According to Klout, I am a specialist. “You may not be a celebrity, but within your area of expertise your opinion is second to none. Your content is likely focused around a specific topic or industry with a focused, highly-engaged audience.” I have a Klout score of 48 and a true reach of 267. That data may not mean much to most people right now, but I’m firmly in the camp that says these stats will soon become the go-to barometer for brands looking to target their marketing and outreach efforts to influencers based on … well, influence. Not to mention social media teams trying to prove the power of their campaigns, and all sorts of other uses as well.
Of course, as anyone with actual social media experience (and no, I’m not talking about the ‘experts’ and ‘gurus’ who think that being able to successfully bot and spam their way to 1,000 Twitter followers makes them qualified to consult about social media for a living), will tell you: the numbers are great and all, but in the end, quality will always matter more than quantity.
Whether it’s the quality of your interactions with your followers, the quality of your expertise in your field, the quality of the links you curate or a combination of the three, people will always reward quality over quantity. So, while I’m happy that my Klout score seems to be pretty decent and growing with every refresh, and while I totally been geeking out over the accompanying stats, I know it’s not everything.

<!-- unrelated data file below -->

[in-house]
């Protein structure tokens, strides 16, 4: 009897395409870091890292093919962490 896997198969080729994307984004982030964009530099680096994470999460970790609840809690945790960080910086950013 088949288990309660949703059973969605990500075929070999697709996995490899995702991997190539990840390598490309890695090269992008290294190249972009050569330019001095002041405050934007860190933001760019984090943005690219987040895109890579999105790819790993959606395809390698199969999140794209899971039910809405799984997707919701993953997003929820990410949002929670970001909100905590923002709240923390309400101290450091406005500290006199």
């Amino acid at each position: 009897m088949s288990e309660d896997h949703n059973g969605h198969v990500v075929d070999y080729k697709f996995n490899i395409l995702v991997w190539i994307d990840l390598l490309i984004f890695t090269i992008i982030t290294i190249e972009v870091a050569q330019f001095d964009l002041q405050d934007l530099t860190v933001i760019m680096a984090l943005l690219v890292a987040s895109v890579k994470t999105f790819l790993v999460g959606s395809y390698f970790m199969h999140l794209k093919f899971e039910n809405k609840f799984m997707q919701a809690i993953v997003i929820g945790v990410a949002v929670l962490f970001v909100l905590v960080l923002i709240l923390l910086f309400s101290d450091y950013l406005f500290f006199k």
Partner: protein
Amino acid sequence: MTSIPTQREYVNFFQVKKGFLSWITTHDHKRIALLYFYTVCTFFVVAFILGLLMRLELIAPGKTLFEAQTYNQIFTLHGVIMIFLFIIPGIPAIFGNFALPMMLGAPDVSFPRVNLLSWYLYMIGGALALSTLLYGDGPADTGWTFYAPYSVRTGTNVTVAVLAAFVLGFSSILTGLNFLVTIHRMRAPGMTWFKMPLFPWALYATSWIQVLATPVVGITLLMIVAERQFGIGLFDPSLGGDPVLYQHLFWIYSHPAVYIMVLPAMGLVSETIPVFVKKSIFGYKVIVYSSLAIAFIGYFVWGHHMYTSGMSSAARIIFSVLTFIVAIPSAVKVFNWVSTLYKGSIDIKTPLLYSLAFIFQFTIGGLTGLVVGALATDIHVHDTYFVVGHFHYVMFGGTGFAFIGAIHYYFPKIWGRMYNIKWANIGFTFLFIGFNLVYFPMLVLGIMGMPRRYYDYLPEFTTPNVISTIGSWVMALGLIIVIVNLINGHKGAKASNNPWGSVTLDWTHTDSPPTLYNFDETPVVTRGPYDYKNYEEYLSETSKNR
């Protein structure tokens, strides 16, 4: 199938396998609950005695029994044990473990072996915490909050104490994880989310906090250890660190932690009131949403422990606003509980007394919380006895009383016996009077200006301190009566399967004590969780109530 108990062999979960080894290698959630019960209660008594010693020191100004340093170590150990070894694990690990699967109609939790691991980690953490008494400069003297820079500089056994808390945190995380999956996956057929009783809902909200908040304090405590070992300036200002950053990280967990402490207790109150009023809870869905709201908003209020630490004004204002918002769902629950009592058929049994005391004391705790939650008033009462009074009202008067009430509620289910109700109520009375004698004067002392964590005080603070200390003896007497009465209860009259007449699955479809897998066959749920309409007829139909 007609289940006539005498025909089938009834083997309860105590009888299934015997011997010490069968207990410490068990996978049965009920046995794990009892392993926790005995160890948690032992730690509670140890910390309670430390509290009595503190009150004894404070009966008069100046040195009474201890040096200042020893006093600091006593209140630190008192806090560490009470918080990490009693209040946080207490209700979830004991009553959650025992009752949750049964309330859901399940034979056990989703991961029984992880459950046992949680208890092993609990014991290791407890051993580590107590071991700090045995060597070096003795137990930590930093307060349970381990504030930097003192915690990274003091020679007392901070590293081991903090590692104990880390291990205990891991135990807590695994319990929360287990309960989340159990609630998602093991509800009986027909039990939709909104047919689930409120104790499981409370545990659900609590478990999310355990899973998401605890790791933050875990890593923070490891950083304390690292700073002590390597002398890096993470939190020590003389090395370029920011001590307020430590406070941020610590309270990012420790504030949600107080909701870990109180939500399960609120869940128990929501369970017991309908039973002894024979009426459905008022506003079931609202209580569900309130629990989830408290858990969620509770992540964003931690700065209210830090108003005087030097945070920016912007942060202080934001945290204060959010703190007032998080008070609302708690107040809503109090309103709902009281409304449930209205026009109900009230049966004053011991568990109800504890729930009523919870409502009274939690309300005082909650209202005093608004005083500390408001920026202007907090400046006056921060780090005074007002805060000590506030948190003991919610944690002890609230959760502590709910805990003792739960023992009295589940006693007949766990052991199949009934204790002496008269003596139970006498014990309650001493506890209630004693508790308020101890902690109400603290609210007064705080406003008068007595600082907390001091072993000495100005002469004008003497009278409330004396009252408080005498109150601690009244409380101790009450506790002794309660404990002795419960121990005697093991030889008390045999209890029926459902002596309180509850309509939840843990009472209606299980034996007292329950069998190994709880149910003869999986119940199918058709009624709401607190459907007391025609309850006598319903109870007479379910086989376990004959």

This weekend, I hit the 2,000 Twitter follower mark. Not gonna lie, that was pretty cool. But, what’s even cooler is that I can go down my list of followers and pick out plenty of names of people who I actually interact with on a regular basis and who I count amongst the many voices that help make my days better, richer and more interesting. Thanks to Twitter, not only do I now have the ability to broadcast my social media messages to 2,000+ people, I also have the ability to listen and learn from all of them, plus the people I follow as well. Which of course is what social media really should be about.
So, while Klout may provide some amazing metrics for marketers to better hone in on their core audiences — a path the brilliant Peter Shankman outlined very well recently — I hope those marketers (and the users they’re marketing to) remember that the quantity of someone’s scores and stats is a good way to narrow down your focus. But, it’s the quality of their overall social media stream that really tells you who is worth focusing in on.
Or, as I put it in a recent Tweet to my friend Srinivas Rao of The Skool Of Life (a perfect example of someone who Twitter helped me get to know better, and whose friendship I’m very happy to have because of it) “the size of your score isn’t as important as the motion in your Twitter feed. Or something like that.”